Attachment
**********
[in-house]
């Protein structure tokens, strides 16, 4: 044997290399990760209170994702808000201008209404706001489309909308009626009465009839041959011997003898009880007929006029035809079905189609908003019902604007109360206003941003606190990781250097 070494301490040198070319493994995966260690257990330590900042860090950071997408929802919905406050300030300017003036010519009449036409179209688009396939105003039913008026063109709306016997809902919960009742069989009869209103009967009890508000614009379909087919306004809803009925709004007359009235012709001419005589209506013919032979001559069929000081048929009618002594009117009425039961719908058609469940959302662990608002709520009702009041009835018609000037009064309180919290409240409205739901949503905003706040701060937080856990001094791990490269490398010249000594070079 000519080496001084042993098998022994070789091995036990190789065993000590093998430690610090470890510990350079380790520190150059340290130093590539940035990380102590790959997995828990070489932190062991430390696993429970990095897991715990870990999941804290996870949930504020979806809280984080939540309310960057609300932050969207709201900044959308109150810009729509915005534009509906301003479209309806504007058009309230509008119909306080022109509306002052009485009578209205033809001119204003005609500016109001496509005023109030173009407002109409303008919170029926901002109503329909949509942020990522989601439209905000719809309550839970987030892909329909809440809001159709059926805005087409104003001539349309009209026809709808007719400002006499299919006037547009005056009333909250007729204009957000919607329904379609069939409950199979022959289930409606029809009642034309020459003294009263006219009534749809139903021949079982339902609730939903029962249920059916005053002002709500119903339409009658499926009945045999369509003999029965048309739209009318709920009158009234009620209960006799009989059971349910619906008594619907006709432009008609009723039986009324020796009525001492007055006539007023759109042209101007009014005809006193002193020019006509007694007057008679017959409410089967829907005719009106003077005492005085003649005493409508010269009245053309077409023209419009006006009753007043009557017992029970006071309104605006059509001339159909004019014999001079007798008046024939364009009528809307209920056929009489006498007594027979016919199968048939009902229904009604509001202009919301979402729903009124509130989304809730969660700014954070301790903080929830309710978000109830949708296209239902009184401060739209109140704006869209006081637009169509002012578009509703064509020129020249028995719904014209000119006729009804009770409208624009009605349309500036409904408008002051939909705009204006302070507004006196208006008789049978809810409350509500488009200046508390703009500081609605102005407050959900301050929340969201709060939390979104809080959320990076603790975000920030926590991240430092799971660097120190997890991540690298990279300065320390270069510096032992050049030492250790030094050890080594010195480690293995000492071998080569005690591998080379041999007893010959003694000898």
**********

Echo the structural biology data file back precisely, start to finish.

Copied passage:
[in-house]
């Protein structure tokens, strides 16, 4: 044997290399990760209170994702808000201008209404706001489309909308009626009465009839041959011997003898009880007929006029035809079905189609908003019902604007109360206003941003606190990781250097 070494301490040198070319493994995966260690257990330590900042860090950071997408929802919905406050300030300017003036010519009449036409179209688009396939105003039913008026063109709306016997809902919960009742069989009869209103009967009890508000614009379909087919306004809803009925709004007359009235012709001419005589209506013919032979001559069929000081048929009618002594009117009425039961719908058609469940959302662990608002709520009702009041009835018609000037009064309180919290409240409205739901949503905003706040701060937080856990001094791990490269490398010249000594070079 000519080496001084042993098998022994070789091995036990190789065993000590093998430690610090470890510990350079380790520190150059340290130093590539940035990380102590790959997995828990070489932190062991430390696993429970990095897991715990870990999941804290996870949930504020979806809280984080939540309310960057609300932050969207709201900044959308109150810009729509915005534009509906301003479209309806504007058009309230509008119909306080022109509306002052009485009578209205033809001119204003005609500016109001496509005023109030173009407002109409303008919170029926901002109503329909949509942020990522989601439209905000719809309550839970987030892909329909809440809001159709059926805005087409104003001539349309009209026809709808007719400002006499299919006037547009005056009333909250007729204009957000919607329904379609069939409950199979022959289930409606029809009642034309020459003294009263006219009534749809139903021949079982339902609730939903029962249920059916005053002002709500119903339409009658499926009945045999369509003999029965048309739209009318709920009158009234009620209960006799009989059971349910619906008594619907006709432009008609009723039986009324020796009525001492007055006539007023759109042209101007009014005809006193002193020019006509007694007057008679017959409410089967829907005719009106003077005492005085003649005493409508010269009245053309077409023209419009006006009753007043009557017992029970006071309104605006059509001339159909004019014999001079007798008046024939364009009528809307209920056929009489006498007594027979016919199968048939009902229904009604509001202009919301979402729903009124509130989304809730969660700014954070301790903080929830309710978000109830949708296209239902009184401060739209109140704006869209006081637009169509002012578009509703064509020129020249028995719904014209000119006729009804009770409208624009009605349309500036409904408008002051939909705009204006302070507004006196208006008789049978809810409350509500488009200046508390703009500081609605102005407050959900301050929340969201709060939390979104809080959320990076603790975000920030926590991240430092799971660097120190997890991540690298990279300065320390270069510096032992050049030492250790030094050890080594010195480690293995000492071998080569005690591998080379041999007893010959003694000898």